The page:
I wonder what would happen if a white actor was chosed to portray Martin Luther King in a movie about him.
It's not as if this would be a "blackface" performance of a bygone era.
Perhaps we should think about the conviction said white actor had towards the man and the role. The very fact that a white actor would be honored to play Dr. King is testimony to the fact that we've come a long way since segregation ended.
King himself said that he envisioned a day when "black children and white children would play and school together, in peace", so perhaps one of these white kids grew up and was flattered to land the role of Martin Luther King in a movie or documentary. How better to appreciate a man's experience than to step inside his shoes and become him for that role?
Personally, I think Dr. King himself would approve. It would be a tribute to his legacy.
2 ( +2 / -0 )
Posted in: Should the statue of a girl dedicated to the memory of Korean women forced to work in Japanese military wartime brothels be removed from outside the Japanese embassy in Seoul? See in context
How about they leave the statue, but add in her Korean pimp and Korean family counting their money from selling her to the pimp? If we're going to tell the story and remember, then let's tell the whole story and not try to frame it merely for political purposes. That would provide the most justice for the women and truly make sure it doesn't happen again, by shaming all that had a hand in it, and not just casting out the sins into the Japanese.
-3 ( +3 / -6 )
The health care in this country is to blame for this woman and her plight, surely there must be some help ?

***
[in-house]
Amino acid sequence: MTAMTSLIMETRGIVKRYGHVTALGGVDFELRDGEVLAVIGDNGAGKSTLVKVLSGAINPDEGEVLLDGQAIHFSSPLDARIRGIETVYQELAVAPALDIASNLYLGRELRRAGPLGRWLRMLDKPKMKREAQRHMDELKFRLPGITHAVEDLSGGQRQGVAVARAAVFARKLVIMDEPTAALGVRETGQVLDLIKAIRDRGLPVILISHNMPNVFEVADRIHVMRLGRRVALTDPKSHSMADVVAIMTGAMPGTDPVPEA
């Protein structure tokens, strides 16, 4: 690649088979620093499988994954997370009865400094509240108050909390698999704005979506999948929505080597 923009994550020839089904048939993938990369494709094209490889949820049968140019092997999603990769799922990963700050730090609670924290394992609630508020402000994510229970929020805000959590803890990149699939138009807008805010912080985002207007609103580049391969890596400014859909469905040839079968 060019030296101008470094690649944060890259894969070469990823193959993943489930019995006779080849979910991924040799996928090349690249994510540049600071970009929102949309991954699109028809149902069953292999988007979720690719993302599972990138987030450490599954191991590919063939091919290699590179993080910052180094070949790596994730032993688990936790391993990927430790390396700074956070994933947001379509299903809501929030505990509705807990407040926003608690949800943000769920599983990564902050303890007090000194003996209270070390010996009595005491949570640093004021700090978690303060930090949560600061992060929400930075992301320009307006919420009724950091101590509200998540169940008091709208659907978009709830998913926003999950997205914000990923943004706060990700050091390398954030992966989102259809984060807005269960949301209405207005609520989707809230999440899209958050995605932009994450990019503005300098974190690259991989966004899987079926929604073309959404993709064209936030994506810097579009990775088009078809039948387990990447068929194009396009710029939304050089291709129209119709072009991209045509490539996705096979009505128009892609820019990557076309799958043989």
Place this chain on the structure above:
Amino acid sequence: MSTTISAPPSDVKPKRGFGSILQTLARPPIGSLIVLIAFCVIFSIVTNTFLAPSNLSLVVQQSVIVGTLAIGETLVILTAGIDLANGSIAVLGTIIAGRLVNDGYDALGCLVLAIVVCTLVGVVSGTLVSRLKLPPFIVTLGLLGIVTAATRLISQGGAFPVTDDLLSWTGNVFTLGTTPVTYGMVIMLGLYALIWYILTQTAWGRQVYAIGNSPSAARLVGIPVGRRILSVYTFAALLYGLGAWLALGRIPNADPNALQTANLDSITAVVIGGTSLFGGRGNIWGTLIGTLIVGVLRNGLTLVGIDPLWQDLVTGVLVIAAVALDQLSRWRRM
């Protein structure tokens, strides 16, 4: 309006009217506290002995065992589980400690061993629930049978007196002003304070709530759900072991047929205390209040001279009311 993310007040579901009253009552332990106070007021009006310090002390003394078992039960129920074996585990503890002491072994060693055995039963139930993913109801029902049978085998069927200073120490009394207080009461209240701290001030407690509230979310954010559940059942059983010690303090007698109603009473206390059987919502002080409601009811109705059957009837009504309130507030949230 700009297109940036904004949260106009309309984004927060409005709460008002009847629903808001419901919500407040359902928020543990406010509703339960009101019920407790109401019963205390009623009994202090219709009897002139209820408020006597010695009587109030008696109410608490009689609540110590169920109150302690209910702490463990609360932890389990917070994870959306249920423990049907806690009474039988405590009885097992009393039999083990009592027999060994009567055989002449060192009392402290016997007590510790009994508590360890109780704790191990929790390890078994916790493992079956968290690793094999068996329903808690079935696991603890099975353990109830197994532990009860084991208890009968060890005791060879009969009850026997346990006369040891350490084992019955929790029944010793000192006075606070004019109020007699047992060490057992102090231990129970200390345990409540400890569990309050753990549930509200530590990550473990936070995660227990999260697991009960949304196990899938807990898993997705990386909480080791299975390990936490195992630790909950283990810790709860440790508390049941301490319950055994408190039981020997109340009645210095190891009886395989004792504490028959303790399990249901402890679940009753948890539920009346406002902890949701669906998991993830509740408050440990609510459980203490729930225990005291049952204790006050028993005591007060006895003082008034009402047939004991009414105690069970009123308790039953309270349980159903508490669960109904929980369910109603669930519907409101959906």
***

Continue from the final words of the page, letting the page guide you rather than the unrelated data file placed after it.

It's not only Japan, unfortunately. In fact, I'd say that the US is much, much worse on this front. If you don't have the right insurance, you can be kicked out of a hospital or nursing home even when you still have MAJOR medical issues, such as infected wounds, pneumonia, etc. and they won't even give it a thought! Women are kicked out of the hospital the day after (sometimes THE day) childbirth.
Nursing homes here cost on average around $8,000 per month and up to $12,000 per month for a decent one. All you really get for that is a shared (two bed, not private) room in which you get a crappy TV, and nurses to bring you 3 crappy meals a day, and administer your medicines. How in the world can that be worth any more than $1,000 per month? These homes are almost all FOR PROFIT and there are no regulations on what they are allowed to charge. Even an ambulance ride can end up costing upwards of $1,500 WITH insurance!
Since most people struggle to earn $3-4,000 per month clear of taxes, how in the world could they afford a nursing home especially in retirement, without becoming a huge burden on their children? They would most likely have to take out a loan just to pay for their parent's nursing care, as insurance does NOT pay for that.
As the other readers mentioned, this poor mother was probably at the end of her rope and dealing with the caretaking of her son all alone, without any help. Since the bedridden can't do for themselves (and sometimes develop dementia) they don't refrain from calling out and some cases screaming for help 24/7, which can lead the caretaker to exhaustion and depression. Poor mom here must have been despondent and seen no other way out.
How society can expect a single person (or even a family where one or both members are working) to perform the caretaking of a bedridden individual is beyond me. Many times, the afflicted simply have had an accident or turn for the worse health-wise and aren't at fault for their condition.
We have no issue spending society's resources on incarcerating criminals, and giving them free healthcare, meals, and free (albeit spartan) accommodations. So why do we have such a distaste for helping the innocent (caretakers and their charges) but feel a duty to protect felons?
4 ( +5 / -1 )
I actually wandered into this restaurant one day a number of years ago after a client meeting I had in Kamiyacho, and it was indeed quite good. One thing that catches me about the title though is that Mr. Raj is noted as being an entrepreneur, which I suppose anyone that starts up a business is indeed. But it also states that he works full-time at a bank as well? It would seem that ten years would be enough time for a restaurant to either "make it" on its own or not.